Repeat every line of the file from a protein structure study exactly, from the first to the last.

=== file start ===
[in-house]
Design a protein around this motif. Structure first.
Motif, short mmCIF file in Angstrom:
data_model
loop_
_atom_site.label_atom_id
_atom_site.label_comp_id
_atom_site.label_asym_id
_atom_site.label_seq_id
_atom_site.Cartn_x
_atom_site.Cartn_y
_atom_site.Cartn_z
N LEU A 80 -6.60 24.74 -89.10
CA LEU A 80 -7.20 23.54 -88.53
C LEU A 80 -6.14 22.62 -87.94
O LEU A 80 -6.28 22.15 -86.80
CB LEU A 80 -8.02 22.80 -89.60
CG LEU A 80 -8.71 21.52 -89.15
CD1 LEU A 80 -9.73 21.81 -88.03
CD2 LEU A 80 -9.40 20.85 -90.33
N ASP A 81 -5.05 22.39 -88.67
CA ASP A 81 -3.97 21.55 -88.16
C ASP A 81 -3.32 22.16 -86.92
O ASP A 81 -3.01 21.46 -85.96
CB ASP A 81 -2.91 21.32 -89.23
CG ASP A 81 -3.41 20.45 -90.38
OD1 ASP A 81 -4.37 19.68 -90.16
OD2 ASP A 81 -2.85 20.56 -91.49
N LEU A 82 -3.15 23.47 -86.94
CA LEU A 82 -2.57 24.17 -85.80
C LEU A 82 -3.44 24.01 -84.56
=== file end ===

[in-house]
Design a protein around this motif. Structure first.
Motif, short mmCIF file in Angstrom:
data_model
loop_
_atom_site.label_atom_id
_atom_site.label_comp_id
_atom_site.label_asym_id
_atom_site.label_seq_id
_atom_site.Cartn_x
_atom_site.Cartn_y
_atom_site.Cartn_z
N LEU A 80 -6.60 24.74 -89.10
CA LEU A 80 -7.20 23.54 -88.53
C LEU A 80 -6.14 22.62 -87.94
O LEU A 80 -6.28 22.15 -86.80
CB LEU A 80 -8.02 22.80 -89.60
CG LEU A 80 -8.71 21.52 -89.15
CD1 LEU A 80 -9.73 21.81 -88.03
CD2 LEU A 80 -9.40 20.85 -90.33
N ASP A 81 -5.05 22.39 -88.67
CA ASP A 81 -3.97 21.55 -88.16
C ASP A 81 -3.32 22.16 -86.92
O ASP A 81 -3.01 21.46 -85.96
CB ASP A 81 -2.91 21.32 -89.23
CG ASP A 81 -3.41 20.45 -90.38
OD1 ASP A 81 -4.37 19.68 -90.16
OD2 ASP A 81 -2.85 20.56 -91.49
N LEU A 82 -3.15 23.47 -86.94
CA LEU A 82 -2.57 24.17 -85.80
C LEU A 82 -3.44 24.01 -84.56